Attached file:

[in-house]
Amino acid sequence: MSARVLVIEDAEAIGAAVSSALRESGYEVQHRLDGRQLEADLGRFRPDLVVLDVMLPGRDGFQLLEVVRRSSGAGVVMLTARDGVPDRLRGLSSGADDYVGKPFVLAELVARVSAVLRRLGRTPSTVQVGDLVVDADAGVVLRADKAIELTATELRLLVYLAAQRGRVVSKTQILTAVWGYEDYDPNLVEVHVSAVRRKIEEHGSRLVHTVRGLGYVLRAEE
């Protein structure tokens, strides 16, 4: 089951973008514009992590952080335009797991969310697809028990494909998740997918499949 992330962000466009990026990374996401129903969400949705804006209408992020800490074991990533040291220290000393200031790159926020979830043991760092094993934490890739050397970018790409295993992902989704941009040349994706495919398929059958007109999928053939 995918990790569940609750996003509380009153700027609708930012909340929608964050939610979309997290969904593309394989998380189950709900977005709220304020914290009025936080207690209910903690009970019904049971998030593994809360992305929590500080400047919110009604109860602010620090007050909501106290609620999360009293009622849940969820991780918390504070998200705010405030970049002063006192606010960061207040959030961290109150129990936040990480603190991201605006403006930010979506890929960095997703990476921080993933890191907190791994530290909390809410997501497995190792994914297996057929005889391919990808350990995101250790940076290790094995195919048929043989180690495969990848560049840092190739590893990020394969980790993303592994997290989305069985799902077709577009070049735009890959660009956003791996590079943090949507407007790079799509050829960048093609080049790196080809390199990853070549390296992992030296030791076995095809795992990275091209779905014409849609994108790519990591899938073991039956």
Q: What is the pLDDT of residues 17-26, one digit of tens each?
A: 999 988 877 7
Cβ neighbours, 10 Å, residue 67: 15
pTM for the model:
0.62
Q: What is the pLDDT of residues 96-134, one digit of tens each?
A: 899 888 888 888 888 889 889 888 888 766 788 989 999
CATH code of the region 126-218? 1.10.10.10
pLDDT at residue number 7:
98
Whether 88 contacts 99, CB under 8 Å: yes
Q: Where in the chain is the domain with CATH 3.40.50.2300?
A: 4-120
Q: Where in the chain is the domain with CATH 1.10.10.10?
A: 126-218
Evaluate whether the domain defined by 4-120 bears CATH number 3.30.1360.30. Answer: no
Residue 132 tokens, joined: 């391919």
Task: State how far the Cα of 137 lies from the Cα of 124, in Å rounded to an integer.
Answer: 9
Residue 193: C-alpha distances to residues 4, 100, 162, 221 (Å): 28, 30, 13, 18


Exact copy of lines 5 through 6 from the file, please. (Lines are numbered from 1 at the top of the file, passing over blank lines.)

A: 999 988 877 7
Cβ neighbours, 10 Å, residue 67: 15